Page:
Exoplanets & Exomoons

A Radiative-Convective Model For Terrestrial Planets With Self-Consistent Patchy Clouds

By Keith Cowing
Press Release
October 18, 2022
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A Radiative-Convective Model For Terrestrial Planets With Self-Consistent Patchy Clouds
Model schematic. The vertical axis is pressure increasing downward, the horizontal axis shows relative temperature and energy flux, both increasing towards the right (away from the origin). Model levels are shown (horizontal, dashed line) and in this schematic model levels increment downward. The solid black line conveys the thermal structure of the atmosphere, where thickening corresponds to the convective troposphere. In the convective zone the model preforms a convective adjustment to ensure the thermal gradient remains that of a pseudo-moist adiabat. The gray box below the radiative convective boundary showcases where cloud formation takes place. astro-ph.EP

Clouds are ubiquitous – they arise for every solar system planet that possesses an atmosphere and have also been suggested as a leading mechanism for obscuring spectral features in exoplanet observations.

As exoplanet observations continue to improve, there is a need for efficient and general planetary climate models that appropriately handle the possible cloudy atmospheric environments that arise on these worlds. We generate a new 1D radiative-convective terrestrial planet climate model that self-consistently handles patchy clouds through a parameterized microphysical treatment of condensation and sedimentation processes.

Our model is general enough to recreate Earth’s atmospheric radiative environment without over-parameterization, while also maintaining a simple implementation that is applicable to a wide range of atmospheric compositions and physical planetary properties. We first validate this new 1D patchy cloud radiative-convective climate model by comparing it to Earth thermal structure data and to existing climate and radiative transfer tools.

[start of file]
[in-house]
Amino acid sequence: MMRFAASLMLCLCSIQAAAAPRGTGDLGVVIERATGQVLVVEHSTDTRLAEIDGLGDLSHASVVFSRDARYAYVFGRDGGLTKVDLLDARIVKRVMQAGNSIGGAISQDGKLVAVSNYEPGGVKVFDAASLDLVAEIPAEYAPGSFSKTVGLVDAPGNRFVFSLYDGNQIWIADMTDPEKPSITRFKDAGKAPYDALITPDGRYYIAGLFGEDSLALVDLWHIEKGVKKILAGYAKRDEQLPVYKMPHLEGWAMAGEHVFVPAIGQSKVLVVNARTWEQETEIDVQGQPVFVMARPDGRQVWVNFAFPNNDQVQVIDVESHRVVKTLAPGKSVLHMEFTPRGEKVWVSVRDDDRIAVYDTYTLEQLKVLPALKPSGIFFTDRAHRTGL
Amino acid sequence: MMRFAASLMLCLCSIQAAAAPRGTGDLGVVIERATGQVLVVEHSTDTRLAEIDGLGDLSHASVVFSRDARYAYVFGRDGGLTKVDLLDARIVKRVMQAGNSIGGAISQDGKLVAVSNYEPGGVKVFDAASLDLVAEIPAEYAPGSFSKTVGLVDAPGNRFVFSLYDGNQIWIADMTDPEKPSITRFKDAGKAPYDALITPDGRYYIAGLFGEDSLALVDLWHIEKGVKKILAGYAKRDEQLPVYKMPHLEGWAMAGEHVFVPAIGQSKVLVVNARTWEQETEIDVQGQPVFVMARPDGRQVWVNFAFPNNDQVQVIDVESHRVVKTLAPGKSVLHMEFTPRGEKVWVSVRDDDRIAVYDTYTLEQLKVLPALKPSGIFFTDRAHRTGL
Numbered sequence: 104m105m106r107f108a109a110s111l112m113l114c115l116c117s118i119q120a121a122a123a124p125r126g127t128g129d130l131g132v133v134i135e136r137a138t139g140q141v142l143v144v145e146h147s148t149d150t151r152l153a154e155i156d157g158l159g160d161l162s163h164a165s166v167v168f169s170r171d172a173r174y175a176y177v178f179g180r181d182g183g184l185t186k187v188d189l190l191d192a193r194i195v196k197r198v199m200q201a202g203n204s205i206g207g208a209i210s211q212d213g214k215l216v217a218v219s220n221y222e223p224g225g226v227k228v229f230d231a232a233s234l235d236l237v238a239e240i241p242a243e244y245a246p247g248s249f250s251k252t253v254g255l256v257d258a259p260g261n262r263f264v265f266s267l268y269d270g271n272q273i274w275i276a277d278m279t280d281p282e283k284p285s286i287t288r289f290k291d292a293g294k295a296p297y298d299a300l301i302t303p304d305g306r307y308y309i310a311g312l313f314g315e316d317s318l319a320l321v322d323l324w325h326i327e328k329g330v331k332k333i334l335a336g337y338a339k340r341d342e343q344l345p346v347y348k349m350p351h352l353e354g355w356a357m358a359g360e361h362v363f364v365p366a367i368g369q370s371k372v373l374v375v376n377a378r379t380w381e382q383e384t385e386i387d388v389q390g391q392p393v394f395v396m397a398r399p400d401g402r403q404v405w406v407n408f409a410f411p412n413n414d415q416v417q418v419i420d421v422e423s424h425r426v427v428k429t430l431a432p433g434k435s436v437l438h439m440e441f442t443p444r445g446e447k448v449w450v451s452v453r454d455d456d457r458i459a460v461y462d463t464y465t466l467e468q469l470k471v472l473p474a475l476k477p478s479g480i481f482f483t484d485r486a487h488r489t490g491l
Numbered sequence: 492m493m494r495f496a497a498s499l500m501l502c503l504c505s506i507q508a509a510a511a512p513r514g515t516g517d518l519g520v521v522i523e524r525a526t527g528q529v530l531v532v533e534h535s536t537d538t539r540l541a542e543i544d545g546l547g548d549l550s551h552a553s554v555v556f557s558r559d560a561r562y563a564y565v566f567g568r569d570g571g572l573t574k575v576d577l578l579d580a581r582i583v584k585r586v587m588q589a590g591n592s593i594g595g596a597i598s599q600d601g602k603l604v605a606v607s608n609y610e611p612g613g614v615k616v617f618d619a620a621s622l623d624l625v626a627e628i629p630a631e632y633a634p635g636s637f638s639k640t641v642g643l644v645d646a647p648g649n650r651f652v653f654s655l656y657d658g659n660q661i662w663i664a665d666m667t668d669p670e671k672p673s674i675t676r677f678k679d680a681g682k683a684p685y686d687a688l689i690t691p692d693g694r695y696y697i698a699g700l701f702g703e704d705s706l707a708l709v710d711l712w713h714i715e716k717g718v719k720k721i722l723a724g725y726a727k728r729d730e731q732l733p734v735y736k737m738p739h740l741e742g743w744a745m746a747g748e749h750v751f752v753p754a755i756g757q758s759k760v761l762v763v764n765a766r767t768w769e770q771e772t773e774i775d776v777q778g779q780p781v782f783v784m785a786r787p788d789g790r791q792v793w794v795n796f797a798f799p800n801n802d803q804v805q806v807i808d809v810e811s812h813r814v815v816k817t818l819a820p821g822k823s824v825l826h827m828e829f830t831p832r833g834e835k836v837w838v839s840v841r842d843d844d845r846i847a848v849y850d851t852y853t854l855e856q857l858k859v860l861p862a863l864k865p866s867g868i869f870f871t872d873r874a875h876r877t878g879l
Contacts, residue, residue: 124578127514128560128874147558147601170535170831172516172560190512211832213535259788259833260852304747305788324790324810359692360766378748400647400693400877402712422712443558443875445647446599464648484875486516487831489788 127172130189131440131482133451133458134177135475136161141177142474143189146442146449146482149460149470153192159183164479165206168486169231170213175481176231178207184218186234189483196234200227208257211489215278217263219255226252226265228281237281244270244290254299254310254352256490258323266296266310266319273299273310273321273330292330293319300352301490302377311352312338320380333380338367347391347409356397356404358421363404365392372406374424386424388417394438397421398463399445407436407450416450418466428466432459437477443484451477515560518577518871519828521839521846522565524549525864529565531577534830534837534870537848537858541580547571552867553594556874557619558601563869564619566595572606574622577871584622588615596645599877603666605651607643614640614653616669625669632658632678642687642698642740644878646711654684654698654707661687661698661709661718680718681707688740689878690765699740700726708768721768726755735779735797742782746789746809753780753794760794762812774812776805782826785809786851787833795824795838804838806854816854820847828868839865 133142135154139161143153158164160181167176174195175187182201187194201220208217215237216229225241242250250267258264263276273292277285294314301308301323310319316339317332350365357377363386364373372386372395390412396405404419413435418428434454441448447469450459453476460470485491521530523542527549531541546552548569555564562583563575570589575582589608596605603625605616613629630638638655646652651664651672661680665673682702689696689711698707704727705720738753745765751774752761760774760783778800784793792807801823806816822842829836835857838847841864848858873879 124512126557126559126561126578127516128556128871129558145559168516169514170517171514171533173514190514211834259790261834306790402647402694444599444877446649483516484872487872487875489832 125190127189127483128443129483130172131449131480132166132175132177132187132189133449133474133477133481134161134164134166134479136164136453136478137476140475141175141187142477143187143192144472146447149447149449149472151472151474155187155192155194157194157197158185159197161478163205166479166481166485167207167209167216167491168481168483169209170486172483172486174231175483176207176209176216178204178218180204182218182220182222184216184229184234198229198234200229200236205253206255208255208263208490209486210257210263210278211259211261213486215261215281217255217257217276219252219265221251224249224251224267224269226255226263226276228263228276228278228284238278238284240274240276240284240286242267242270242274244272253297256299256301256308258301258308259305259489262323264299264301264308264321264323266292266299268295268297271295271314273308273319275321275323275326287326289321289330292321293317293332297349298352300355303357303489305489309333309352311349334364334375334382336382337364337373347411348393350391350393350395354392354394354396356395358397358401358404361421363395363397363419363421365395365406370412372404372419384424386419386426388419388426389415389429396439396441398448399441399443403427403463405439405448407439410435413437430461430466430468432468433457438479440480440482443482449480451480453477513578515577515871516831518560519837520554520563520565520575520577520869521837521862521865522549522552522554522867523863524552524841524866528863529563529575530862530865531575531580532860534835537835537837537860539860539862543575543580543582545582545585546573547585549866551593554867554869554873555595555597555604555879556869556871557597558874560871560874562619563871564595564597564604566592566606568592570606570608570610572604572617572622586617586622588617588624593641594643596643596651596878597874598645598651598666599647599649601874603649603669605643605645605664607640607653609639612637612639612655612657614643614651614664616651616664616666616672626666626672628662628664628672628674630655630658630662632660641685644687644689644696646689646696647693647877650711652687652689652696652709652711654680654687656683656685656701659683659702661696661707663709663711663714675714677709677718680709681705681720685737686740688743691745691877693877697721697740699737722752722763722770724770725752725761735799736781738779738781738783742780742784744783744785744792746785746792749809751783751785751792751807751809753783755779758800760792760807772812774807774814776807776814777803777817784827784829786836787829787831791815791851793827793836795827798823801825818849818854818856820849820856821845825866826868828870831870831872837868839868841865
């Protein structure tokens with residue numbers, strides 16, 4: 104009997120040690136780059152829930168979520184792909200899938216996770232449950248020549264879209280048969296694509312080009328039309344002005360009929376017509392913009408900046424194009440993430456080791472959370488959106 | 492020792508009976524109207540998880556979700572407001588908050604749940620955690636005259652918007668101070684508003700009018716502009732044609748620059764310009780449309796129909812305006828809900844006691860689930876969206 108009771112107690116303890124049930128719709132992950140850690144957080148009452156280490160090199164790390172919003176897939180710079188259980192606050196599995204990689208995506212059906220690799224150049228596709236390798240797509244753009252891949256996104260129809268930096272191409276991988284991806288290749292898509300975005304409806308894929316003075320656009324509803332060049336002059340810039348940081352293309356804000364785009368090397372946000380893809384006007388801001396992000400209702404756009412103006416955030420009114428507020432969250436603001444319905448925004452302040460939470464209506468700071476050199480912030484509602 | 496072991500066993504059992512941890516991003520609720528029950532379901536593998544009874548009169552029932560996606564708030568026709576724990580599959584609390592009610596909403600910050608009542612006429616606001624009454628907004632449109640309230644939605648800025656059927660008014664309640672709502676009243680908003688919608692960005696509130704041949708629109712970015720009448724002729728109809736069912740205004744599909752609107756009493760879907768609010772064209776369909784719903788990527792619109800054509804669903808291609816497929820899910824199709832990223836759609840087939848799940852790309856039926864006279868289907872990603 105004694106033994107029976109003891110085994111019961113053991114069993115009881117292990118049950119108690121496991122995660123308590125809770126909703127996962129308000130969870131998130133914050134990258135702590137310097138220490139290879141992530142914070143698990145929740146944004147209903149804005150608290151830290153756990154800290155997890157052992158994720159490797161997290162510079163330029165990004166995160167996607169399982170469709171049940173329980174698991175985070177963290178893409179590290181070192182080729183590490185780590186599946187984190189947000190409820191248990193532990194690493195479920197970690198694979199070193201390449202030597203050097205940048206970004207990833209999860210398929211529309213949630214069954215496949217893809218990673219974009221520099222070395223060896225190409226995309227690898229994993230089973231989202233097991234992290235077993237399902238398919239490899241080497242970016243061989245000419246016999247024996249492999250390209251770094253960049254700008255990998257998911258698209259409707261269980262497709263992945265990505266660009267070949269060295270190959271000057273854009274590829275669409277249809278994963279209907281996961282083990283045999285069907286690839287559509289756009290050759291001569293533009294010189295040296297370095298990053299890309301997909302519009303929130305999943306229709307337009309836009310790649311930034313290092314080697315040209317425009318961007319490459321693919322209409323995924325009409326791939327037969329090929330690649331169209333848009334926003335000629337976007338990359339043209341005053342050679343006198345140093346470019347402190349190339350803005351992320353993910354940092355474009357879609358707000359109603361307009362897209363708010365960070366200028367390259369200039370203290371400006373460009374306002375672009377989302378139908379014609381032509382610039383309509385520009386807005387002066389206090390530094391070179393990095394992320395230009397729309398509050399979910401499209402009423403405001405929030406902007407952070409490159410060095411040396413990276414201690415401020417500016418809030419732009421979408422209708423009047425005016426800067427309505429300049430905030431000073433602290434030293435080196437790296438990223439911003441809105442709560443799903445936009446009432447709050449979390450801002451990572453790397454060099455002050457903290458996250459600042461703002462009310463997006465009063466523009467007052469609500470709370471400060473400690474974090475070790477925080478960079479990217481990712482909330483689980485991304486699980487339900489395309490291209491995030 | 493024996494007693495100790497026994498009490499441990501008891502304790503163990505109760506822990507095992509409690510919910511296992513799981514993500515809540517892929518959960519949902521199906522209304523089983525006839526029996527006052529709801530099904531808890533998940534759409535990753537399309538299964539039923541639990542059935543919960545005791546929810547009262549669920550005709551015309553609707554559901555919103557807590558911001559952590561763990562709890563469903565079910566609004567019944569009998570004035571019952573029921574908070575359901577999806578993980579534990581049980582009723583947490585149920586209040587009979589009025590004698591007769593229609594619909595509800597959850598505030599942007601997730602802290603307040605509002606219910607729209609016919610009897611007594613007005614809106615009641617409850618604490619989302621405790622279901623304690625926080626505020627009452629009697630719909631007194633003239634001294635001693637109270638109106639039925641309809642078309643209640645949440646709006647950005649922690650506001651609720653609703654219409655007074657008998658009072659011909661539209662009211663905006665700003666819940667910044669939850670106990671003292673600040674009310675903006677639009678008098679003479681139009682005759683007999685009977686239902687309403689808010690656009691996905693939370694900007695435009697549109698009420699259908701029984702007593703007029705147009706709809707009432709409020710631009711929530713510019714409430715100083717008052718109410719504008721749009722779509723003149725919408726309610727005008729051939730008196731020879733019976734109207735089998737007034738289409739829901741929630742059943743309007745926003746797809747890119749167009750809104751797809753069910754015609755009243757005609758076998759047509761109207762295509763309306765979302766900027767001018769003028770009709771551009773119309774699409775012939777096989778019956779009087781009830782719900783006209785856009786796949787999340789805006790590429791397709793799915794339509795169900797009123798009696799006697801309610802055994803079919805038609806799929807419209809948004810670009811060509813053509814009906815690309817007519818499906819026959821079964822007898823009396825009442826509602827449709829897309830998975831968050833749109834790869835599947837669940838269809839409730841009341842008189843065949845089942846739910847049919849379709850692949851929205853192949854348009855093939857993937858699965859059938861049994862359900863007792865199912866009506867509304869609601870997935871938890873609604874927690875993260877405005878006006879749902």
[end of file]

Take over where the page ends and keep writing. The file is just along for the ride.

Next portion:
We produce partially-clouded Earth-like climates with cloud structures that are representative of deep tropospheric convection and are adequate 1D representations of clouds within rocky planet atmospheres. After validation against Earth, we then use our partially clouded climate model and explore the potential climates of super-Earth exoplanets with secondary nitrogen-dominated atmospheres which we assume are abiotic.

We also couple the partially clouded climate model to a full-physics, line-by-line radiative transfer model and generate high-resolution spectra of simulated climates. These self-consistent climate-to-spectral models bridge the gap between climate modeling efforts and observational studies of rocky worlds.

James D. Windsor, Tyler D. Robinson, Ravi kumar Kopparapu, David E. Trilling, Joe LLama, Amber Young

Comments: 28 pages, 15 figures, submitted; community comments welcome
Subjects: Earth and Planetary Astrophysics (astro-ph.EP)
Cite as: arXiv:2210.10004 [astro-ph.EP] (or arXiv:2210.10004v1 [astro-ph.EP] for this version)
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Submission history
From: James Windsor
[v1] Tue, 18 Oct 2022 17:19:00 UTC (1,791 KB)

Explorers Club Fellow, ex-NASA Space Station Payload manager/space biologist, Away Teams, Journalist, Lapsed climber, Synaesthete, Na’Vi-Jedi-Freman-Buddhist-mix, ASL, Devon Island and Everest Base Camp veteran, (he/him) 🖖🏻